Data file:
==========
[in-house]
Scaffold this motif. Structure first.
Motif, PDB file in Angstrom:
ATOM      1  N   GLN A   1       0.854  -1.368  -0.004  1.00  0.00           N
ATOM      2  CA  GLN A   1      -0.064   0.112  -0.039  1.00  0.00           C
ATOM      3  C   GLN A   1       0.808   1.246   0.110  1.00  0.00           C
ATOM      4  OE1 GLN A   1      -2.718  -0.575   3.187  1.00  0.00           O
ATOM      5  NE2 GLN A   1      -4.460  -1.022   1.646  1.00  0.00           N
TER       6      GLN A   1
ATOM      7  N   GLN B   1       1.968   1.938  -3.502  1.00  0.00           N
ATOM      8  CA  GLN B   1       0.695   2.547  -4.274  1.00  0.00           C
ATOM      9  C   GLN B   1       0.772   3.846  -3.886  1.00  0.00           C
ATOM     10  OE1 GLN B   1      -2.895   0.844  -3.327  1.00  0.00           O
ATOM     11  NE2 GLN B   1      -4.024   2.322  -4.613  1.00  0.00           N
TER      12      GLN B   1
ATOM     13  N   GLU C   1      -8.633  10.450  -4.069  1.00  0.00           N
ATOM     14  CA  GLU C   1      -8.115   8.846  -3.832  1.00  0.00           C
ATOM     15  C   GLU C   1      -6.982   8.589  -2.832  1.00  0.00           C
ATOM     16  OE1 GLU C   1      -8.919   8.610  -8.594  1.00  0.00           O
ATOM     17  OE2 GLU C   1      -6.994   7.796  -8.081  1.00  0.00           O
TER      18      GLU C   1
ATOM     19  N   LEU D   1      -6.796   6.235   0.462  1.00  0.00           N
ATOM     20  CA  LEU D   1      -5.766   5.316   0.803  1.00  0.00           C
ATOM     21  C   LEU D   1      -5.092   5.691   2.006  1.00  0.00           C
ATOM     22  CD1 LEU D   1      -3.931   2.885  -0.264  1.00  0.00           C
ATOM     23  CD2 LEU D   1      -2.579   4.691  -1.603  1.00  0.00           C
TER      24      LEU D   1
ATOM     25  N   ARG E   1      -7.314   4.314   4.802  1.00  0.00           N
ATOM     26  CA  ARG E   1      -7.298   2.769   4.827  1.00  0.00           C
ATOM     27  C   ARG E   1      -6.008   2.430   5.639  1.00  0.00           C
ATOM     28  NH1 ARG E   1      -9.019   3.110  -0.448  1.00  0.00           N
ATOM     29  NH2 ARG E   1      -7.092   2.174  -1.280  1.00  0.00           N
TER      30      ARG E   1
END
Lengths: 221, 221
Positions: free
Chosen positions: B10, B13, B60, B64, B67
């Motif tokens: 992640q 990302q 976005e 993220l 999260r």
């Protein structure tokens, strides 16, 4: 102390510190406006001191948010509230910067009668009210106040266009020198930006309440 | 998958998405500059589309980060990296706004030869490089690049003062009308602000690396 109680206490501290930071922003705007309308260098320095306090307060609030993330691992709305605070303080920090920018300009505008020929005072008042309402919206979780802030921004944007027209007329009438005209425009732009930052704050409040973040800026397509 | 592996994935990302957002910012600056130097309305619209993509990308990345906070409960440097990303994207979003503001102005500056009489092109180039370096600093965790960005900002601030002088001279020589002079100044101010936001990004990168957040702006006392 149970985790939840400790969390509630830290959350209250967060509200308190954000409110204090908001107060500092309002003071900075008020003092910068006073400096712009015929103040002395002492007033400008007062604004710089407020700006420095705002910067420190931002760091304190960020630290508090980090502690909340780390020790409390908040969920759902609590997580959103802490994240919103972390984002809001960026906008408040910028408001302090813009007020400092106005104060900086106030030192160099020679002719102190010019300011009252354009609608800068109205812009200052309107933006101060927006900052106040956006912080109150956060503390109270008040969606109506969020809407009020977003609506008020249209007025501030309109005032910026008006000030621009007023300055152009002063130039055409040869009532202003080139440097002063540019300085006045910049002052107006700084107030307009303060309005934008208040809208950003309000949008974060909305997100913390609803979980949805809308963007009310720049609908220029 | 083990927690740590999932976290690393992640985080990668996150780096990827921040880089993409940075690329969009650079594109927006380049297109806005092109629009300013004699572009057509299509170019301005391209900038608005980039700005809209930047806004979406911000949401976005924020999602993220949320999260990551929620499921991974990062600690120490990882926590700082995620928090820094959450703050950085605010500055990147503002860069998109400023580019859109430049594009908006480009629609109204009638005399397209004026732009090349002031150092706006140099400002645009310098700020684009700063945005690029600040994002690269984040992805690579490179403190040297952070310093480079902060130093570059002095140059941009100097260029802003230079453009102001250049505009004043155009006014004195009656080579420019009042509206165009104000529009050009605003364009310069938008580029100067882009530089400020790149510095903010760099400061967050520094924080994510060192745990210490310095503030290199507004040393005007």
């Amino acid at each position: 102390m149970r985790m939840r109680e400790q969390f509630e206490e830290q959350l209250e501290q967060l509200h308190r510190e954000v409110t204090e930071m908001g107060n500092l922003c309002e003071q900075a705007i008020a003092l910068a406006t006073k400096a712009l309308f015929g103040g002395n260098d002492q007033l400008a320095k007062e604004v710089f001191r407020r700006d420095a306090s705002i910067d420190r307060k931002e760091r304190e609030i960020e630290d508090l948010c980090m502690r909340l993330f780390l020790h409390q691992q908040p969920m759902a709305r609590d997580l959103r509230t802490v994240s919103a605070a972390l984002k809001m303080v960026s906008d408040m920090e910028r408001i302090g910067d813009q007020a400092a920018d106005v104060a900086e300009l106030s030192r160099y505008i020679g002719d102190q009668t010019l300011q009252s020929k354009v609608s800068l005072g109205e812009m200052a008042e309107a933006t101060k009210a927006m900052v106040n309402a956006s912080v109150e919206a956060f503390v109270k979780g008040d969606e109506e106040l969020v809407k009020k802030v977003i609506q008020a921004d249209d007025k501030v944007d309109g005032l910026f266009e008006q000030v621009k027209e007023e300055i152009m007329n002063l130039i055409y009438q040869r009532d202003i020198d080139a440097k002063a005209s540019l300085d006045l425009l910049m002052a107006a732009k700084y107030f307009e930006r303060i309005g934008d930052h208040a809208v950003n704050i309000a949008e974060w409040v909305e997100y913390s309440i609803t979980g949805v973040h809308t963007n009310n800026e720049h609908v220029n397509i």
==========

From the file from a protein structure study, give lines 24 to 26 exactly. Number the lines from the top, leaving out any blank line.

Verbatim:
ATOM     21  C   LEU D   1      -5.092   5.691   2.006  1.00  0.00           C
ATOM     22  CD1 LEU D   1      -3.931   2.885  -0.264  1.00  0.00           C
ATOM     23  CD2 LEU D   1      -2.579   4.691  -1.603  1.00  0.00           C